At the Venice Biennale, the oldest and most prestigious international biennial art exhibition in the world, we speak with one of the most celebrated Palestinian artists, Emily Jacir. In 2007, she won the Golden Lion here at the Venice Biennale for her work "Material for a Film," a large-scale installation based on the life of Palestinian writer Wael Zuaiter, who was assassinated near his home in Rome, Italy, by Israeli Mossad agents in 1972. For years Jacir has created groundbreaking art to capture the Palestinian experience and other issues. In 2001, she presented a piece titled "Memorial to 418 Palestinian Villages Destroyed, Depopulated, and Occupied by Israel in 1948," consisting of a large refugee tent on which the names of 418 Palestinians villages were embroidered. She later did a project called "ex libris" that commemorated the approximately 30,000 books from Palestinian homes, libraries and institutions that were looted by Israeli authorities in 1948.
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After the fourth day of protests over Michael Brown’s death, authorities have declared a state of emergency in St. Louis County, drawing worldwide attention. We look at the state of the Black Lives Matter movement and the art world with two participants in the Creative Time Summit alongside the Venice Biennale in Italy. "At the moment we are dealing with Black Lives Matter and the violence against black and brown people in the United States, Europe is experiencing incredible deaths of black people here too," says author Sharifa Rhodes-Pitts, noting the "perilous state of people worldwide that have been subjugated to white supremacy and capitalism." Rhodes-Pitts is the author of "Harlem is Nowhere: A Journey to the Mecca of Black America,” part of a trilogy she is working on about African Americans and utopia. We are also joined by Charles Gaines, a pioneering conceptual artist who teaches at California Institute of the Arts.
As we broadcast from Venice, Italy, site of the Venice Biennale, the oldest and most prestigious international biennial art exhibition, we feature an extended interview with Okwui Enwezor of Nigeria, its first African-born chief curator. Enwezor has been widely credited for bringing political art back to the 120-year-old festival. He says he was partly inspired by the 1974 Venice Biennale when part of the exhibits were dedicated to Chile to protest the U.S.-backed coup that overthrew Chile’s democratic government. "Artists have a lot of meaning they produce that can allow us to look at the world in deeper, meaningful and more probing ways," Enwezor says. As part of this year’s seven-month exhibit, there is an epic live reading of all three volumes of Karl Marx’s "Das Kapital." Meanwhile, the artist Adam Pendleton incorporated the "Black Lives Matter" slogan into his exhibit which appears in the Belgium Pavilion. And the Brazilian artist Vik Muniz created a boat covered in the front page of a Venice newspaper published the day after nearly 400 migrants drowned off the Italian island of Lampedusa in October 2013.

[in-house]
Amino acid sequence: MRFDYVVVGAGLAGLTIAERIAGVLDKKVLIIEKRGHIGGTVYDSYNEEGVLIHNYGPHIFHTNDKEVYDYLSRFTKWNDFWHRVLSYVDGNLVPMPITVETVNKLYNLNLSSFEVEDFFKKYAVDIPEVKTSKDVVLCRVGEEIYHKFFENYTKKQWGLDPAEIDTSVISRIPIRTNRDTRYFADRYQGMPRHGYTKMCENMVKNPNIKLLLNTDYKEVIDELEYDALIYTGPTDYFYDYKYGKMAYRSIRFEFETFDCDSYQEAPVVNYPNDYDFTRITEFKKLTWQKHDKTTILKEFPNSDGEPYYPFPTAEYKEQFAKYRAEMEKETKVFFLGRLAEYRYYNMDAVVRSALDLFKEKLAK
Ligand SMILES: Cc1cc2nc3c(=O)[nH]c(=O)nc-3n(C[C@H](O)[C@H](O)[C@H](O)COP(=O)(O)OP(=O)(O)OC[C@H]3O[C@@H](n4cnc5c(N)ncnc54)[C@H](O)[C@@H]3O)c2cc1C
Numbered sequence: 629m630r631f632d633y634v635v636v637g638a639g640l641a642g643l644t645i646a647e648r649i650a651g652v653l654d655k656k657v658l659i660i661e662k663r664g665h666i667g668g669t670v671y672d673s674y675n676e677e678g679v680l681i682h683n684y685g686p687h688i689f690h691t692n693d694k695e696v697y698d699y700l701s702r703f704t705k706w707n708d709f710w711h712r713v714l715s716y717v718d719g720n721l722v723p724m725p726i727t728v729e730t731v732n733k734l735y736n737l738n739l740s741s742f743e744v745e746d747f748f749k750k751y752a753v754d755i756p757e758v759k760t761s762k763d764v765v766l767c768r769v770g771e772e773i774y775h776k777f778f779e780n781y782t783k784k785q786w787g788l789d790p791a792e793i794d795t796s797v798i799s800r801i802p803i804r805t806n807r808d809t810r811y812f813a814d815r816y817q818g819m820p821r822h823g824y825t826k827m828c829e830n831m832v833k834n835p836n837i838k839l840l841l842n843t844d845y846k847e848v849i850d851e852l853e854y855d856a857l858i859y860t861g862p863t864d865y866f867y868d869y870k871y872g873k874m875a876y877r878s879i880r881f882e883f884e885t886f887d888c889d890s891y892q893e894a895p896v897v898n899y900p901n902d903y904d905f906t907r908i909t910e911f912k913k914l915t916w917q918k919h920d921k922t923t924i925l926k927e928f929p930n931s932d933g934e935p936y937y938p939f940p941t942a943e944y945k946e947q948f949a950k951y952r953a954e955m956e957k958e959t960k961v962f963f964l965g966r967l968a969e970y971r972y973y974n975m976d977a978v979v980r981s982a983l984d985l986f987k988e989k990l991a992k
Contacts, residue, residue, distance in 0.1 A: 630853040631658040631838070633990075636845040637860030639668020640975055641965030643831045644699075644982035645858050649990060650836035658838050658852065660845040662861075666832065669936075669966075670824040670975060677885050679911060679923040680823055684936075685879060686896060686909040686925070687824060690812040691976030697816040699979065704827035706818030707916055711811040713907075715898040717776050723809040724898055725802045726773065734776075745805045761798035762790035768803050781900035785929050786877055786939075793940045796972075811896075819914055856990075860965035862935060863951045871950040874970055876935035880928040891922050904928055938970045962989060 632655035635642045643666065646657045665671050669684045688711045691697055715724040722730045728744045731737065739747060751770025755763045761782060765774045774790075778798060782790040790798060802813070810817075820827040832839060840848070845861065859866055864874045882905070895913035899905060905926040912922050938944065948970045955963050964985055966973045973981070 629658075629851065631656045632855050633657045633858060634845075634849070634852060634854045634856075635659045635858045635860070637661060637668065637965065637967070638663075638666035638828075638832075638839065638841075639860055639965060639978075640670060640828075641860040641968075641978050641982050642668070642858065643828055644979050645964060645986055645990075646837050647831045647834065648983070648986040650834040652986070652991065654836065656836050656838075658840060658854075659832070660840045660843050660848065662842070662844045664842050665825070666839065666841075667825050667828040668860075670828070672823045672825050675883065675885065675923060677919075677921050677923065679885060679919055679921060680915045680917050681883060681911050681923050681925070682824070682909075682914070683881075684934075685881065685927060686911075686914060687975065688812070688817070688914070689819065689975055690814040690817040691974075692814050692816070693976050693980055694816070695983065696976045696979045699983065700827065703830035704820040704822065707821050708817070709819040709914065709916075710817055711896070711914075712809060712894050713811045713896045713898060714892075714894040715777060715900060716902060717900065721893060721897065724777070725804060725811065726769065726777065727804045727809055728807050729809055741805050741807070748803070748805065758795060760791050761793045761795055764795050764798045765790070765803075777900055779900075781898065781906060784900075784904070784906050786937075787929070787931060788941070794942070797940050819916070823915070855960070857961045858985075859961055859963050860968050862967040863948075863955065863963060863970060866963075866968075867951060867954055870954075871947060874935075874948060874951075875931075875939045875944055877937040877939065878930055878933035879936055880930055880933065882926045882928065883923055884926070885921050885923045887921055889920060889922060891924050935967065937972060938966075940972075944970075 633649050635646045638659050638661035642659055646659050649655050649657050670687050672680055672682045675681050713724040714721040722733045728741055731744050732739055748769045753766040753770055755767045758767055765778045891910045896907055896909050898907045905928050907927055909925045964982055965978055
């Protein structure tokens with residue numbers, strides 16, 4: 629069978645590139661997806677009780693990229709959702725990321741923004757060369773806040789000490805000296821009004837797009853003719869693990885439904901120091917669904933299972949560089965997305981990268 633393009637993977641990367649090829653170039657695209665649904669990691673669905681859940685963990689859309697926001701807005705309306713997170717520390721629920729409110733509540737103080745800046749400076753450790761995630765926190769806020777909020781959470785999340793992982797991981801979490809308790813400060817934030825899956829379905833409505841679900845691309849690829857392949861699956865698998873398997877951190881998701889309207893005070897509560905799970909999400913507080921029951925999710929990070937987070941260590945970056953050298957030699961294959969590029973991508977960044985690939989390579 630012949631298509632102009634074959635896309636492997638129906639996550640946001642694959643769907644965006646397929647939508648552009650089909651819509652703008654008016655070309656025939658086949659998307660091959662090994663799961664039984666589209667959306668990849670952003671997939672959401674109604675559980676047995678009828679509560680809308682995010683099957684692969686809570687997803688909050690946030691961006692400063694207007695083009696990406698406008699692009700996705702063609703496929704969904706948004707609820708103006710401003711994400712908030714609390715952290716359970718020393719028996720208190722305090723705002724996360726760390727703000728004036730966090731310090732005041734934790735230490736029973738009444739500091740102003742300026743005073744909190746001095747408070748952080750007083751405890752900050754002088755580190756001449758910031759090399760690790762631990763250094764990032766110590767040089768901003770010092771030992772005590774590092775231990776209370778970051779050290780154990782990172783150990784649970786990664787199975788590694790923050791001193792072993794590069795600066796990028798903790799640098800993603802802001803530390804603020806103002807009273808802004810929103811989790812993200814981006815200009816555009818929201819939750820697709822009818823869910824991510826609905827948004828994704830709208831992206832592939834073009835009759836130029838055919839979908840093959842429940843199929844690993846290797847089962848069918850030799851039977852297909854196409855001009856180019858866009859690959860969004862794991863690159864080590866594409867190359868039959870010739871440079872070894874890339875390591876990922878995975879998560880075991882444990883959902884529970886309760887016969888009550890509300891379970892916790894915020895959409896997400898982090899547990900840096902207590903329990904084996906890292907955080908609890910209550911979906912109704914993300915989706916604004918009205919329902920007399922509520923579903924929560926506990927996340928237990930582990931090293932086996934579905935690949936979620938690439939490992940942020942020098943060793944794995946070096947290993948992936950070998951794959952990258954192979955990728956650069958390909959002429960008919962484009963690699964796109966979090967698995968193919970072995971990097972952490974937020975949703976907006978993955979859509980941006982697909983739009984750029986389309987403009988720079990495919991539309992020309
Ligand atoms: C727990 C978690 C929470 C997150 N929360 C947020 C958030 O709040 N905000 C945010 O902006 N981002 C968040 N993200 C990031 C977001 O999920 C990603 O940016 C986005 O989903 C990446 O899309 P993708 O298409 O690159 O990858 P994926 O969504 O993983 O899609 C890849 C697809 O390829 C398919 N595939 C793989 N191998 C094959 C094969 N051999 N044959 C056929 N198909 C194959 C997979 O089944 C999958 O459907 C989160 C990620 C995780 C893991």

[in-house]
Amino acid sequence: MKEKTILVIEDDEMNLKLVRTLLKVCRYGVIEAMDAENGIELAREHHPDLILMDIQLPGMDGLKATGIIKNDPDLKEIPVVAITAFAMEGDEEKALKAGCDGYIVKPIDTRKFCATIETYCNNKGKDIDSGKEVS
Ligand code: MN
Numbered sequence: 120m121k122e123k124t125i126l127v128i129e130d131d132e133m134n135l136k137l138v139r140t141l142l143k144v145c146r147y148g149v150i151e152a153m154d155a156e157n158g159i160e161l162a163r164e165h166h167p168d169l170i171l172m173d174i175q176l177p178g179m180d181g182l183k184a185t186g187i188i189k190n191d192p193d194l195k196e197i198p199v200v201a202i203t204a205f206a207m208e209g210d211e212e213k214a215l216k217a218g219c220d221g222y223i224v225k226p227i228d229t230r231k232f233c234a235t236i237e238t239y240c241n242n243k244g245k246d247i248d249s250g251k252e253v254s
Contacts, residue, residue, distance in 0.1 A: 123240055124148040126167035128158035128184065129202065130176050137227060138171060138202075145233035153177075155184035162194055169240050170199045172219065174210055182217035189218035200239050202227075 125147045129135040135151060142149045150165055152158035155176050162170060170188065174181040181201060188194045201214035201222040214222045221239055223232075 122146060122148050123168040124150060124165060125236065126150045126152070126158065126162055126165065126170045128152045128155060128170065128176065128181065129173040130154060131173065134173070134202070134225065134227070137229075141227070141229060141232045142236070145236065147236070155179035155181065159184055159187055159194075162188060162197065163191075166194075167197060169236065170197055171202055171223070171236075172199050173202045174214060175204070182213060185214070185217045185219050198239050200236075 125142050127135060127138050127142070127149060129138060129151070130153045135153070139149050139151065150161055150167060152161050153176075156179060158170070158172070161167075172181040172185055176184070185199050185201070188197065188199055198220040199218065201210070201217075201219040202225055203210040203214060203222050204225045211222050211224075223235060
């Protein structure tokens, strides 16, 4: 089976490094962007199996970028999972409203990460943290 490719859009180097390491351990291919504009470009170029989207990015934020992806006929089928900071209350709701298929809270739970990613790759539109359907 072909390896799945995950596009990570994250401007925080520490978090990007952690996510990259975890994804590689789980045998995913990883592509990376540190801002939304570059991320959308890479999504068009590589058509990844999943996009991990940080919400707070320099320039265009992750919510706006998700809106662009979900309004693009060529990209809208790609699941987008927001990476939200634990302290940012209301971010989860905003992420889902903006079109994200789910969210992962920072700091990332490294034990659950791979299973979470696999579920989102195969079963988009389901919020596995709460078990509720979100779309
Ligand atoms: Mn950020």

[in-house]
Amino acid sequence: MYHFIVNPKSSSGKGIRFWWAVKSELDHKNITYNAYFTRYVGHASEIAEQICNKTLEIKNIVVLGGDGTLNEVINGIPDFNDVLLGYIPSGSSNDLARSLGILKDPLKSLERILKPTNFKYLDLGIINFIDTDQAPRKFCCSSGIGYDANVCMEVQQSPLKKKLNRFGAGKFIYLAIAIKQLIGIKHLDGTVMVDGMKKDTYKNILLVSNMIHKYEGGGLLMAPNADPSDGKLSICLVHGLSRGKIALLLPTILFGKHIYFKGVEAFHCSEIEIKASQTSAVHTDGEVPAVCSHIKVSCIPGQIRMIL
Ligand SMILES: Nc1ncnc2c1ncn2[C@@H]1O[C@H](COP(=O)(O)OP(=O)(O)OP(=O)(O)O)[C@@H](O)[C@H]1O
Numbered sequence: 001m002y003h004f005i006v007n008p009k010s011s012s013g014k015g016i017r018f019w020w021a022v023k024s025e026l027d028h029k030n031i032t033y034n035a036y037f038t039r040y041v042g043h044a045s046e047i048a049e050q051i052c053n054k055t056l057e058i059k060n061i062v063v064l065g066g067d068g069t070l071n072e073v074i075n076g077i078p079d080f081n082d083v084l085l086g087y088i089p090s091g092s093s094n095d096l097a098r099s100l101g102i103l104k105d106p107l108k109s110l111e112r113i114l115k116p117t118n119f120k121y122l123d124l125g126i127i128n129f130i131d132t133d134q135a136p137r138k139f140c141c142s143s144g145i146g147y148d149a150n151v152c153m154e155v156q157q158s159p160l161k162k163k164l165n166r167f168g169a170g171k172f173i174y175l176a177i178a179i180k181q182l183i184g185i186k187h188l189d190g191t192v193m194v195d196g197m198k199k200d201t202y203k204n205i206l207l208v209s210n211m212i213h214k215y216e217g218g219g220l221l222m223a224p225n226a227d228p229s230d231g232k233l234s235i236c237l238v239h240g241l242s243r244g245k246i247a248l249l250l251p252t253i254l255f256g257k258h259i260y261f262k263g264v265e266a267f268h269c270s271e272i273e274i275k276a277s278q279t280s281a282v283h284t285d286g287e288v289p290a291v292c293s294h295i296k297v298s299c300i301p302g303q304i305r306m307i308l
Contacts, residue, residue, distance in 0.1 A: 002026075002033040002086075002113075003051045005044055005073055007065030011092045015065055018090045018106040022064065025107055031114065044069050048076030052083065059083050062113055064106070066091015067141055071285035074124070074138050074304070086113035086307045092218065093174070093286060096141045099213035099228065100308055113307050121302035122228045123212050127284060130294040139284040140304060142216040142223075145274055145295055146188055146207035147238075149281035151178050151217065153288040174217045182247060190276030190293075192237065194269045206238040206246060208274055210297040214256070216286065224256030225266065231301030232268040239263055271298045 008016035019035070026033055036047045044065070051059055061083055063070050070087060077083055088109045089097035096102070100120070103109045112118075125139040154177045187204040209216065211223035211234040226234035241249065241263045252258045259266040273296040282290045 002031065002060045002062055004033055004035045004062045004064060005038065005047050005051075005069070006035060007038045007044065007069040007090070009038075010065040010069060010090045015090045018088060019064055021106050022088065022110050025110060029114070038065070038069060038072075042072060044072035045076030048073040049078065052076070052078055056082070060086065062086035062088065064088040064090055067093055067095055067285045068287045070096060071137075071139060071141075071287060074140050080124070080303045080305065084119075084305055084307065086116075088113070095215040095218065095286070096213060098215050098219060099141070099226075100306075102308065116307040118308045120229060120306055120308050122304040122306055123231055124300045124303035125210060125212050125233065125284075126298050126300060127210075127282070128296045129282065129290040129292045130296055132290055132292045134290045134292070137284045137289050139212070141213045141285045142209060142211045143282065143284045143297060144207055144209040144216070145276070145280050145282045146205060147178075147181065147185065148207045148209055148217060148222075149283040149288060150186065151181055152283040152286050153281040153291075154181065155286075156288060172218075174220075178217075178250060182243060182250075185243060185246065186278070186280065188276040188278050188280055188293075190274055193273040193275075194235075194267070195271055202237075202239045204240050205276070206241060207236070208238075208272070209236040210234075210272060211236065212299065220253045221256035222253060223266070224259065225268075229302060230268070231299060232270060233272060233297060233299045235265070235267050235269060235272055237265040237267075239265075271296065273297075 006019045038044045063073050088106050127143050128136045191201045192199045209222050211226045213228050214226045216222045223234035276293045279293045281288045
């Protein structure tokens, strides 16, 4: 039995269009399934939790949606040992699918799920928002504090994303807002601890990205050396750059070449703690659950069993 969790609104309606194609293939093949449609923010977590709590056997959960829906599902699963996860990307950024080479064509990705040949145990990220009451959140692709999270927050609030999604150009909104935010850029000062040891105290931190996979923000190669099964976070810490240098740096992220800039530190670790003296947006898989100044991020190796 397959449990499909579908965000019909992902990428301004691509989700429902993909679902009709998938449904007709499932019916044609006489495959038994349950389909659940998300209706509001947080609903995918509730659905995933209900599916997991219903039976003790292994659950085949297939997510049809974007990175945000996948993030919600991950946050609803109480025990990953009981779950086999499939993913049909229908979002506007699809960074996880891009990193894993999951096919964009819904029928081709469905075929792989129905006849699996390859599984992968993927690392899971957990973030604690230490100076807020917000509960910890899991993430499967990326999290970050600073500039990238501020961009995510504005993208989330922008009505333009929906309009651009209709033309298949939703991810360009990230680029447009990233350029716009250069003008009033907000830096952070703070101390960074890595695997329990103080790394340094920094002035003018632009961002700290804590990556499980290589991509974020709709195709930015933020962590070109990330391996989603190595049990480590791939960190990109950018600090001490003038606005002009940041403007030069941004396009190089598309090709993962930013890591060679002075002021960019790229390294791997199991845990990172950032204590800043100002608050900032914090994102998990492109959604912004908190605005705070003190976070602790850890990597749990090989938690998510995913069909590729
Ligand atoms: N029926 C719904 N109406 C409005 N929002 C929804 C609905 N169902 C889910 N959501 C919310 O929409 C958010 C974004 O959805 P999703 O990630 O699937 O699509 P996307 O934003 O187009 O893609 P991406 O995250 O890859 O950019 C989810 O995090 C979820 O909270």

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As part of the Venice Biennale, the oldest and most prestigious international art exhibition, a New York-based group, Creative Time, is hosting a three-day summit dubbed "The Curriculum." Speakers include Afghan President Ashraf Ghani with his daughter, the artist Mariam Ghani, members of Spain’s left coalition Podemos, as well as the famed Italian political philosopher and activist Antonio Negri. We speak with organizers Anne Pasternak, the new president of Brooklyn Museum, and president and artistic director of Creative Time; and Nato Thompson, chief curator of Creative Time and author of the new book, "Seeing Power: Socially Engaged Art in the Age of Cultural Production."
We are broadcasting from Venice, Italy, the site of the Venice Biennale, the oldest and most prestigious international art exhibition, where this year’s theme is "All the World’s Futures." The gathering has not been without controversy. In May, Venice shut down Iceland’s pavilion after the artist Christoph Büchel, working in collaboration with the Muslim communities of Venice and Iceland, turned a 10th century church that had been closed down for 40 years into a working mosque. Police claimed the art project was a "threat to public safety." Last week, the Gulf Labor Coalition staged an hour-long occupation of the second floor of the Israeli Pavilion. The group has also protested the use of migrant laborers to build Guggenheim’s new museum in Abu Dhabi. We discuss past and present protests at the Biennale with Marco Baravalle, a Venice-based artist, activist and author who spoke at a panel discussion organized by the Gulf Labor Coalition called "Who Needs Museums and Biennales?" Baravalle also examines the impact of climate change and austerity on life in Venice.